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1 SEARCHING THE WEB ENGLISH 115 Hudson Valley Community College Marvin Library Learning Commons.

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Presentation on theme: "1 SEARCHING THE WEB ENGLISH 115 Hudson Valley Community College Marvin Library Learning Commons."— Presentation transcript:

1 1 SEARCHING THE WEB ENGLISH 115 Hudson Valley Community College Marvin Library Learning Commons

2 The Internet: The Internet is a global network in which Information can travel through satellites, cables and phone lines from one computer on the Internet to the next. The Internet allows you to communicate with people, move files between computers, find and share information. Who is in charge of the Internet? As a unified, single entity, it has no one owner. There are organizations that determine the Internet's structure and how it works but no one can say they own the Internet. Thousands of people and organizations can control the quality and level of access you have to the Internet. Most likely you connect through an Internet Service Provider ( ISP ). They have domain names ending

3 What is the World Wide Web? The World Wide Web is the system we use to access the Internet. The World Wide Web makes use of hypertext transfer protocol (HTTP) to access the various forms of information available on the world's different networks. We typically access the Web through browsers, like Internet Explorer, Mozilla Firefox, Google Chrome or Safari. Using browsers, you can visit different web sites and view other online content. So to explain the difference between the Internet and the World Wide Web: the Internet is composed of machines, hardware and data; and the World Wide Web is what brings this technology to life.

4 Where does Web Information come from? Individuals -With a computer and an Internet connection, anyone, anywhere in the world, can publish on the Web. Companies advertise, sell products, and publish reports. may stands for a commercial entity. Organizations publish information about their purposes on the Web. may mean a non-profit organization but this is not always true. Government Agencies whether federal, state, or local may give access to information and documents. is a government web site. Libraries and Universities may provide a variety of scholarly resources but. edu just means they have some connection to an educational institution.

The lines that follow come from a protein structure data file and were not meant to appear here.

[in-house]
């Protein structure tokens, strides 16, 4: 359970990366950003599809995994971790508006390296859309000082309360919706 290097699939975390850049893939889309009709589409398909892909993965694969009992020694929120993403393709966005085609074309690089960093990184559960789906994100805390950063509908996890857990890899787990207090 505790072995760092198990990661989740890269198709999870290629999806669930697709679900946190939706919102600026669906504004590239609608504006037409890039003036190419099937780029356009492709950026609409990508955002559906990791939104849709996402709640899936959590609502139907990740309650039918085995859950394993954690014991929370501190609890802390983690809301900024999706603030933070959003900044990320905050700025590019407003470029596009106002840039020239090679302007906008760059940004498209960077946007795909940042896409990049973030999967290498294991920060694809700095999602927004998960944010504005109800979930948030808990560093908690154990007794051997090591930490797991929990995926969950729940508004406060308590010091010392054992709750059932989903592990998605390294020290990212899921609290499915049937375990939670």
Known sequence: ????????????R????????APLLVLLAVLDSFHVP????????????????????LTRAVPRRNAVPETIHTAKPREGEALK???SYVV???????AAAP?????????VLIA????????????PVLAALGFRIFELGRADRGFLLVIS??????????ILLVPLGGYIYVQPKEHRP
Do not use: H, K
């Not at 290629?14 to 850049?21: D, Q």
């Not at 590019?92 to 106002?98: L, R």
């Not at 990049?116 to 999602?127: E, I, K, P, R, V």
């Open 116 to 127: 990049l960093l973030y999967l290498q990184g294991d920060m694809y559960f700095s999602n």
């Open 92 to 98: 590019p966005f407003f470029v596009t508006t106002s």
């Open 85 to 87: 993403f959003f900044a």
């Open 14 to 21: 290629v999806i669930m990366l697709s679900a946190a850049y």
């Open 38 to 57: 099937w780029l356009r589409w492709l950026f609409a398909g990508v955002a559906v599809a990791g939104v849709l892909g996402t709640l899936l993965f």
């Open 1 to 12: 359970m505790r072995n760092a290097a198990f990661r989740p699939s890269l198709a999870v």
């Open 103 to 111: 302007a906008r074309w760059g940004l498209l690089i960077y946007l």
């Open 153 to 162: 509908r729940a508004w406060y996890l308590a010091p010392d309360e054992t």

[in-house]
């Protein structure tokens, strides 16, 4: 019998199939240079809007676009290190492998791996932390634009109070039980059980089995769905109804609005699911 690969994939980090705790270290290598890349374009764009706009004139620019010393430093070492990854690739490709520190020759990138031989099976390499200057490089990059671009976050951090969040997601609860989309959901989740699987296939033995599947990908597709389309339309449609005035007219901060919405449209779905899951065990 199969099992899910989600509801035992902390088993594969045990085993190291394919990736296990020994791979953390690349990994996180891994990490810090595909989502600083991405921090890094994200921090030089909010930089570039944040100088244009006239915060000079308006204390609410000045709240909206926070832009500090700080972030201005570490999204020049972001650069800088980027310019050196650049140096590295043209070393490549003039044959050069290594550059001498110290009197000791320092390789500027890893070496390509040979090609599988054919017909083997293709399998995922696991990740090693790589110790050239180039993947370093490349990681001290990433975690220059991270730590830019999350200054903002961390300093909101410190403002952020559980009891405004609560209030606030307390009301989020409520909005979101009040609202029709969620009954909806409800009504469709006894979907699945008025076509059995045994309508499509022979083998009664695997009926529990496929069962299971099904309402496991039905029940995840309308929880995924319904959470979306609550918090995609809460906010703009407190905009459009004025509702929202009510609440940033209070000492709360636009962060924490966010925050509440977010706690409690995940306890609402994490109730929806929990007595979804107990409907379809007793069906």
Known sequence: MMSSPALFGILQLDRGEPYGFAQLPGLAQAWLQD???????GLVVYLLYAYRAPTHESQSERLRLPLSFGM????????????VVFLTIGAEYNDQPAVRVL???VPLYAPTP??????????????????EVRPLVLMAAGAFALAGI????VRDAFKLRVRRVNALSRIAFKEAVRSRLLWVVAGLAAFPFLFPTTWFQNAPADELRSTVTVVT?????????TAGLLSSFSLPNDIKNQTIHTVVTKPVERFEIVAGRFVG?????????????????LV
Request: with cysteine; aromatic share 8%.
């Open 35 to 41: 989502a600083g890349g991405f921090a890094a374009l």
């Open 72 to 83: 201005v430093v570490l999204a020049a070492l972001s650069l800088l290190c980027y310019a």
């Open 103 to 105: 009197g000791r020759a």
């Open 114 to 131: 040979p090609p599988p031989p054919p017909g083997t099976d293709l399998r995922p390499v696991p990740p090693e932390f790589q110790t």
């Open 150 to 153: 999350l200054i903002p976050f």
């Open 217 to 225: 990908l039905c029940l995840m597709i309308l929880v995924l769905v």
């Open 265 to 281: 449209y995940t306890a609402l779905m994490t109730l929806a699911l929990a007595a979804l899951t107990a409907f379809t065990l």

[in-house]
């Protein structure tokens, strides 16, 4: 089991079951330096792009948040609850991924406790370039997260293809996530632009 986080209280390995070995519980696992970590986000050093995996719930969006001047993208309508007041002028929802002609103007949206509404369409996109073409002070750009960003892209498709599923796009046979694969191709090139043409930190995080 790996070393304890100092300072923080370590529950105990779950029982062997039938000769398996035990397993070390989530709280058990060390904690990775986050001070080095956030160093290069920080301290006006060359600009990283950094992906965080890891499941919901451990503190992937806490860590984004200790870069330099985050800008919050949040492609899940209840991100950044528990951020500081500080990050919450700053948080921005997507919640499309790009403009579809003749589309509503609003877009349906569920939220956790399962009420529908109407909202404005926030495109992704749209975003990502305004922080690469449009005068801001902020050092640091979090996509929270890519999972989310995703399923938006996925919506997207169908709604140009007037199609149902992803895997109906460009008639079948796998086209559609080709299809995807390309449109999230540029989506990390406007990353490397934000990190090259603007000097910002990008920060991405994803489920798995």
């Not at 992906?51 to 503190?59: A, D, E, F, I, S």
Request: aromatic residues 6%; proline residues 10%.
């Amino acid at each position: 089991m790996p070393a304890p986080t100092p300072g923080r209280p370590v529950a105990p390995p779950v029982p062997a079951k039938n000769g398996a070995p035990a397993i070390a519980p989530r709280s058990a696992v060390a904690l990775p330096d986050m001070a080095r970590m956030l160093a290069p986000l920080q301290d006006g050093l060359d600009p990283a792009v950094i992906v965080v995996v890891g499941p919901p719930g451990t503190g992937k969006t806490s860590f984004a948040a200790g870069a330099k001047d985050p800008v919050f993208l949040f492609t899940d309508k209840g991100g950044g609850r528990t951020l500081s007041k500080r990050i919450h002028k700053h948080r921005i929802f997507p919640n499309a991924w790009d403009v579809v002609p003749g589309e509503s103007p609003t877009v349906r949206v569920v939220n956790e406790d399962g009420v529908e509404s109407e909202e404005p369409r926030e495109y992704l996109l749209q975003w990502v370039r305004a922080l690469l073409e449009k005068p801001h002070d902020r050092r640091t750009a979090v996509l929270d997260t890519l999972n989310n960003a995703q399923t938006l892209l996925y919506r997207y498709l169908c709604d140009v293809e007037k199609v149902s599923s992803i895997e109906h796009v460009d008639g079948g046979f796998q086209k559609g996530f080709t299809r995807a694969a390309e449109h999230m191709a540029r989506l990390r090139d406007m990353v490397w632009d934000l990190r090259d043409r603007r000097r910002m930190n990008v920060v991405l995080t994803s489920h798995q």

5 When looking for something on the web, start with a search engine. Google has the largest U.S. search engine market share. Remember that no search engine searches all of the web. Search Engines :

6 6 Many students start their research by using a search engine like Google. This can lead to valid information for academic papers but it is wise to remember a few things about the web:  Not all information on the Web goes through a review process. Anyone can publish anything on the web.  Information on the Web is not permanent.  Some information on the Web is not free. When selecting web sites, consider: accuracy, authority, currency, objectivity and whether it is appropriate for college research.

7 7  Google is a search engine not a fact checker. If you Google “cigarettes are good for you,” it will find web sites supporting that statement. Google Scholar may lead to more scholarly resources for your paper.  Search engines often put their sponsored (businesses that pay) sites first. You can’t tell by the URL if a site is legitimate, are usually considered reliable.  Use common sense. If you notice misspellings and bad grammar, find another site. Check the credibility of a source on another site.

8 8 Many professors will not accept Wikipedia as a source but it may help provide keywords and possible legitimate sources (look at References at the end of the entry) that can get you started.

9 For this Session: Watch “How Search Works” View the CLIP Tutorial on Internet Searching Tips and take the quiz. Read “Persona Errata” by Amy Tan (provided). Read Concise Guide to Information Literacy— Chapter 6

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